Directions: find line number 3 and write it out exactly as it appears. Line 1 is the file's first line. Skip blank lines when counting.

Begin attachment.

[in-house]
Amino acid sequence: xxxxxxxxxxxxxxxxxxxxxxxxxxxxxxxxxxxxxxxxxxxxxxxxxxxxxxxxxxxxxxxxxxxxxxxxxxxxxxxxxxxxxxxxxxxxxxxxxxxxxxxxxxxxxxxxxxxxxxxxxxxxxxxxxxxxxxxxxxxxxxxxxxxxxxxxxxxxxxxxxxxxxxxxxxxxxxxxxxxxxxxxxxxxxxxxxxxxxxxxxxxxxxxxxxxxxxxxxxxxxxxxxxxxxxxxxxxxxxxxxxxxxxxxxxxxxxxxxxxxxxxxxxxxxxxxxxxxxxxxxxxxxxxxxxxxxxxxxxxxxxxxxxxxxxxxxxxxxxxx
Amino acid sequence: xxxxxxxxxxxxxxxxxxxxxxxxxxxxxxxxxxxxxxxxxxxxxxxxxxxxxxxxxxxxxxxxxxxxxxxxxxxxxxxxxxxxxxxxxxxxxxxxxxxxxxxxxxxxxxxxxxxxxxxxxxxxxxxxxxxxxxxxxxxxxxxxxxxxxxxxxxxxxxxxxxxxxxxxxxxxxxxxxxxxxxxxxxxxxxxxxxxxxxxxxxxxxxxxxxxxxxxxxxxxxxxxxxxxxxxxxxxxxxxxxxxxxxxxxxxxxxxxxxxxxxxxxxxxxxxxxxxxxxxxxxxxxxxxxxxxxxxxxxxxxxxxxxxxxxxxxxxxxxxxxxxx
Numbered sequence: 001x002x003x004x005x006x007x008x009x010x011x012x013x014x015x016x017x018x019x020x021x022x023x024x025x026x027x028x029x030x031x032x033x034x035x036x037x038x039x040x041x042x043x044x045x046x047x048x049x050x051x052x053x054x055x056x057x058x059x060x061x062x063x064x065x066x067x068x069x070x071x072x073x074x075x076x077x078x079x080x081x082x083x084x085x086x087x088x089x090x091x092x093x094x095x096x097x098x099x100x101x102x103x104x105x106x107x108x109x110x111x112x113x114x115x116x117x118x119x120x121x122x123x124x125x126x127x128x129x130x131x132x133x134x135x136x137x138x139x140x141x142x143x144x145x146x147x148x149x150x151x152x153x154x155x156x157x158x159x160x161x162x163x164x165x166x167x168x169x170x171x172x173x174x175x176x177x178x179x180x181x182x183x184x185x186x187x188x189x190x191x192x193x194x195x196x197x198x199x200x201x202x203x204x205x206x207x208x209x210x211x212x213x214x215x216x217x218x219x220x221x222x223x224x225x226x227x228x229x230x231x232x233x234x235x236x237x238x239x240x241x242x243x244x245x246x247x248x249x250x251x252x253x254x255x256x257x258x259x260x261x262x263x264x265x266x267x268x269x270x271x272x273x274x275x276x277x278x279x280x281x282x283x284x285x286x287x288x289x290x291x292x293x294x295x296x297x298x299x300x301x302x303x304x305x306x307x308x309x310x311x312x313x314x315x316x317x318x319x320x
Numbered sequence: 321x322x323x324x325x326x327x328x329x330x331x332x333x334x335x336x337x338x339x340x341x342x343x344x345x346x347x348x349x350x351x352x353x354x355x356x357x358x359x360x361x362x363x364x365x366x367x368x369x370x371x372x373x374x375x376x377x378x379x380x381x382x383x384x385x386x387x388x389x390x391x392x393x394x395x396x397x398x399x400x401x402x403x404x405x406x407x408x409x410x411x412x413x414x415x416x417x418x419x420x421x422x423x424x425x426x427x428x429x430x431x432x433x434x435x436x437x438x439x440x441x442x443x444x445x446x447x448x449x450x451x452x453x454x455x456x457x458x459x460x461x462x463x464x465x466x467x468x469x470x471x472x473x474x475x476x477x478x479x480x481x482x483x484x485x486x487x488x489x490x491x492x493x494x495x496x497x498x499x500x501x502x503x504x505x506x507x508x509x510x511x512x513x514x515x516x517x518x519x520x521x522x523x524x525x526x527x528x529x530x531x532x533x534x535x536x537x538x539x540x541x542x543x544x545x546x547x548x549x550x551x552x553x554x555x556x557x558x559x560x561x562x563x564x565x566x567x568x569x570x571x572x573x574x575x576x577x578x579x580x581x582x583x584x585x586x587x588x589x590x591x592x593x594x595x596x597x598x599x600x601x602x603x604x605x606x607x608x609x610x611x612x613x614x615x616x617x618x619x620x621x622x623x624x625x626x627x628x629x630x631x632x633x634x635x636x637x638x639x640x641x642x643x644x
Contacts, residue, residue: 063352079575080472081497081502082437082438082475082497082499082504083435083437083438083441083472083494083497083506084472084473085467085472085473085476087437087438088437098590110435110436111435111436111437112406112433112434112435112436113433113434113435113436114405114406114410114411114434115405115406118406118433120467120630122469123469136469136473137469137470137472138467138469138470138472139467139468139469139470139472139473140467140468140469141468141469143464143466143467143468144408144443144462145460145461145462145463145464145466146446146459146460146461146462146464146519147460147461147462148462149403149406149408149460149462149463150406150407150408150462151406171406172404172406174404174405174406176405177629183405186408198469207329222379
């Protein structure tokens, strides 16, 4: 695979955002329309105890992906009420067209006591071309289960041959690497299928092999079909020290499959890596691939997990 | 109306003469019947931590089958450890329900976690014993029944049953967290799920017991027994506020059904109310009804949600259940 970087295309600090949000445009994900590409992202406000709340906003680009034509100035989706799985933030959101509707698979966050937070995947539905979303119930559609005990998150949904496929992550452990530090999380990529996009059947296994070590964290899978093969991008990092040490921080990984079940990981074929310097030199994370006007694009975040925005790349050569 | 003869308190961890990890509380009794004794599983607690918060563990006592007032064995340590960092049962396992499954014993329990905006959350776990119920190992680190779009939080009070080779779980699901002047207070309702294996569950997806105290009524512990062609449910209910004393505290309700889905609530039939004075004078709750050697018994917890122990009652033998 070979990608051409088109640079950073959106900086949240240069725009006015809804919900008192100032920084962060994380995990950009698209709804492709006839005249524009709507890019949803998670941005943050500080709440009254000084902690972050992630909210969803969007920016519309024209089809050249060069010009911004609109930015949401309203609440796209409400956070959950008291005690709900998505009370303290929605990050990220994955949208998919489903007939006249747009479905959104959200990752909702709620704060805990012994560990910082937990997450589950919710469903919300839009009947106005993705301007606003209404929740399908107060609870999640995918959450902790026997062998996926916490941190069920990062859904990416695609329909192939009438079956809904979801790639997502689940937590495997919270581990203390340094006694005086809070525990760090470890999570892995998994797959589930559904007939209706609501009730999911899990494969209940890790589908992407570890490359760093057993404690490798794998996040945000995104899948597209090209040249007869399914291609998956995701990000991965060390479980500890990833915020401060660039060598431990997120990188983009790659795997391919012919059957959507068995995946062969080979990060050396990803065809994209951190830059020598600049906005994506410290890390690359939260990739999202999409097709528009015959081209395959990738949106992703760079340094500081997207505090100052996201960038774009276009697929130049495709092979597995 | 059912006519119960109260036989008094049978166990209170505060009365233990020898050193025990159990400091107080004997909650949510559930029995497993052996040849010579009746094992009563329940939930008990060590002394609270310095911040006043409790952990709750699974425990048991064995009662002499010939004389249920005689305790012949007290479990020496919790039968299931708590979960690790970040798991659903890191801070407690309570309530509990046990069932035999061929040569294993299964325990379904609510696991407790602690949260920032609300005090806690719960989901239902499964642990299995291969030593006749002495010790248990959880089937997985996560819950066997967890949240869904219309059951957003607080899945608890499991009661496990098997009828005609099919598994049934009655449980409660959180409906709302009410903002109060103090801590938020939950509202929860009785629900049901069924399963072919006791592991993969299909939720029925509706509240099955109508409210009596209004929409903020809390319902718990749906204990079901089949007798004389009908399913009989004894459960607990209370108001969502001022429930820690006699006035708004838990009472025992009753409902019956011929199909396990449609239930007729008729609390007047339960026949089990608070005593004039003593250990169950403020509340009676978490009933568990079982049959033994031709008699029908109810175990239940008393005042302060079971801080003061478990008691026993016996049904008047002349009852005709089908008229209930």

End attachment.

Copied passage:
Amino acid sequence: xxxxxxxxxxxxxxxxxxxxxxxxxxxxxxxxxxxxxxxxxxxxxxxxxxxxxxxxxxxxxxxxxxxxxxxxxxxxxxxxxxxxxxxxxxxxxxxxxxxxxxxxxxxxxxxxxxxxxxxxxxxxxxxxxxxxxxxxxxxxxxxxxxxxxxxxxxxxxxxxxxxxxxxxxxxxxxxxxxxxxxxxxxxxxxxxxxxxxxxxxxxxxxxxxxxxxxxxxxxxxxxxxxxxxxxxxxxxxxxxxxxxxxxxxxxxxxxxxxxxxxxxxxxxxxxxxxxxxxxxxxxxxxxxxxxxxxxxxxxxxxxxxxxxxxxxxxxxxxxxxxxx